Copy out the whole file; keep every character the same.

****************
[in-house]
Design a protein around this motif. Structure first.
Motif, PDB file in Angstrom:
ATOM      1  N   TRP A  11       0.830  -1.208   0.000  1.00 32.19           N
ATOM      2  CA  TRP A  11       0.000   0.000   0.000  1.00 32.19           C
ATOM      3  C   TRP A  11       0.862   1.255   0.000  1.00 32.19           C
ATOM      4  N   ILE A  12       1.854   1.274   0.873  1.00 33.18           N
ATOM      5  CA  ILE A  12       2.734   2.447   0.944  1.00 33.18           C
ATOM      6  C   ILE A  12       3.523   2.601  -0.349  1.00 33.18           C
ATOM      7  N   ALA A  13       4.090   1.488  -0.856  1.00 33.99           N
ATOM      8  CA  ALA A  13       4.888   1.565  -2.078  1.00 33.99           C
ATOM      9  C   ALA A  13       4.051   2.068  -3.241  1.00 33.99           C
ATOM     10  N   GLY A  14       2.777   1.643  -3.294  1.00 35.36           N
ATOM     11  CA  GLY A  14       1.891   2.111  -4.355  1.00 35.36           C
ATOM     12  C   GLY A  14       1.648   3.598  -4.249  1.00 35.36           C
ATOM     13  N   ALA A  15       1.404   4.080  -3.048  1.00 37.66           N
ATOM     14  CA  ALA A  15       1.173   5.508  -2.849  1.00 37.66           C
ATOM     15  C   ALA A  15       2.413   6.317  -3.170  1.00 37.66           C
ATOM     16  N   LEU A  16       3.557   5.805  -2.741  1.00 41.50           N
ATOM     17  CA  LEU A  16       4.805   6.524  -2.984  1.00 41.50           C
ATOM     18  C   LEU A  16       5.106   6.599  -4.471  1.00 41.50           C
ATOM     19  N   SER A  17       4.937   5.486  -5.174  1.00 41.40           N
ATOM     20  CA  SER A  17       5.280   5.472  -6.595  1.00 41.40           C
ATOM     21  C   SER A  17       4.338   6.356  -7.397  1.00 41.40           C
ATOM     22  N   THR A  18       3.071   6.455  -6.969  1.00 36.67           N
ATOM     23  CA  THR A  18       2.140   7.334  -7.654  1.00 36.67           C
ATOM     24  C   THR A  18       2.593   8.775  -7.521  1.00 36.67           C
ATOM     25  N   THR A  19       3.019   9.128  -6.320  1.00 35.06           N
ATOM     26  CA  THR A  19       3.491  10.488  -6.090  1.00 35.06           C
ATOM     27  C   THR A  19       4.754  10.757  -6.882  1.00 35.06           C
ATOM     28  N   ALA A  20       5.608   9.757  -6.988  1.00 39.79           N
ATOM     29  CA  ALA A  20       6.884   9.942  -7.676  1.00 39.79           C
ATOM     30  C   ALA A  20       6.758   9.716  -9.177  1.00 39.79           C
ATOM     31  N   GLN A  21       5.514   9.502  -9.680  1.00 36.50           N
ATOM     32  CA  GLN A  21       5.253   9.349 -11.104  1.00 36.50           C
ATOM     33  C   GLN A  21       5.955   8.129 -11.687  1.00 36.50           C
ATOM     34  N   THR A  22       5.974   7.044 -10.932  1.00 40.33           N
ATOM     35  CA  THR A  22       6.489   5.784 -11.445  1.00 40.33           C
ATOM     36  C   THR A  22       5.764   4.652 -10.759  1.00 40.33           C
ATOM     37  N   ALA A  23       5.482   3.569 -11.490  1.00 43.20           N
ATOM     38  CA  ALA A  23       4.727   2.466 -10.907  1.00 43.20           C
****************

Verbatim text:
[in-house]
Design a protein around this motif. Structure first.
Motif, PDB file in Angstrom:
ATOM      1  N   TRP A  11       0.830  -1.208   0.000  1.00 32.19           N
ATOM      2  CA  TRP A  11       0.000   0.000   0.000  1.00 32.19           C
ATOM      3  C   TRP A  11       0.862   1.255   0.000  1.00 32.19           C
ATOM      4  N   ILE A  12       1.854   1.274   0.873  1.00 33.18           N
ATOM      5  CA  ILE A  12       2.734   2.447   0.944  1.00 33.18           C
ATOM      6  C   ILE A  12       3.523   2.601  -0.349  1.00 33.18           C
ATOM      7  N   ALA A  13       4.090   1.488  -0.856  1.00 33.99           N
ATOM      8  CA  ALA A  13       4.888   1.565  -2.078  1.00 33.99           C
ATOM      9  C   ALA A  13       4.051   2.068  -3.241  1.00 33.99           C
ATOM     10  N   GLY A  14       2.777   1.643  -3.294  1.00 35.36           N
ATOM     11  CA  GLY A  14       1.891   2.111  -4.355  1.00 35.36           C
ATOM     12  C   GLY A  14       1.648   3.598  -4.249  1.00 35.36           C
ATOM     13  N   ALA A  15       1.404   4.080  -3.048  1.00 37.66           N
ATOM     14  CA  ALA A  15       1.173   5.508  -2.849  1.00 37.66           C
ATOM     15  C   ALA A  15       2.413   6.317  -3.170  1.00 37.66           C
ATOM     16  N   LEU A  16       3.557   5.805  -2.741  1.00 41.50           N
ATOM     17  CA  LEU A  16       4.805   6.524  -2.984  1.00 41.50           C
ATOM     18  C   LEU A  16       5.106   6.599  -4.471  1.00 41.50           C
ATOM     19  N   SER A  17       4.937   5.486  -5.174  1.00 41.40           N
ATOM     20  CA  SER A  17       5.280   5.472  -6.595  1.00 41.40           C
ATOM     21  C   SER A  17       4.338   6.356  -7.397  1.00 41.40           C
ATOM     22  N   THR A  18       3.071   6.455  -6.969  1.00 36.67           N
ATOM     23  CA  THR A  18       2.140   7.334  -7.654  1.00 36.67           C
ATOM     24  C   THR A  18       2.593   8.775  -7.521  1.00 36.67           C
ATOM     25  N   THR A  19       3.019   9.128  -6.320  1.00 35.06           N
ATOM     26  CA  THR A  19       3.491  10.488  -6.090  1.00 35.06           C
ATOM     27  C   THR A  19       4.754  10.757  -6.882  1.00 35.06           C
ATOM     28  N   ALA A  20       5.608   9.757  -6.988  1.00 39.79           N
ATOM     29  CA  ALA A  20       6.884   9.942  -7.676  1.00 39.79           C
ATOM     30  C   ALA A  20       6.758   9.716  -9.177  1.00 39.79           C
ATOM     31  N   GLN A  21       5.514   9.502  -9.680  1.00 36.50           N
ATOM     32  CA  GLN A  21       5.253   9.349 -11.104  1.00 36.50           C
ATOM     33  C   GLN A  21       5.955   8.129 -11.687  1.00 36.50           C
ATOM     34  N   THR A  22       5.974   7.044 -10.932  1.00 40.33           N
ATOM     35  CA  THR A  22       6.489   5.784 -11.445  1.00 40.33           C
ATOM     36  C   THR A  22       5.764   4.652 -10.759  1.00 40.33           C
ATOM     37  N   ALA A  23       5.482   3.569 -11.490  1.00 43.20           N
ATOM     38  CA  ALA A  23       4.727   2.466 -10.907  1.00 43.20           C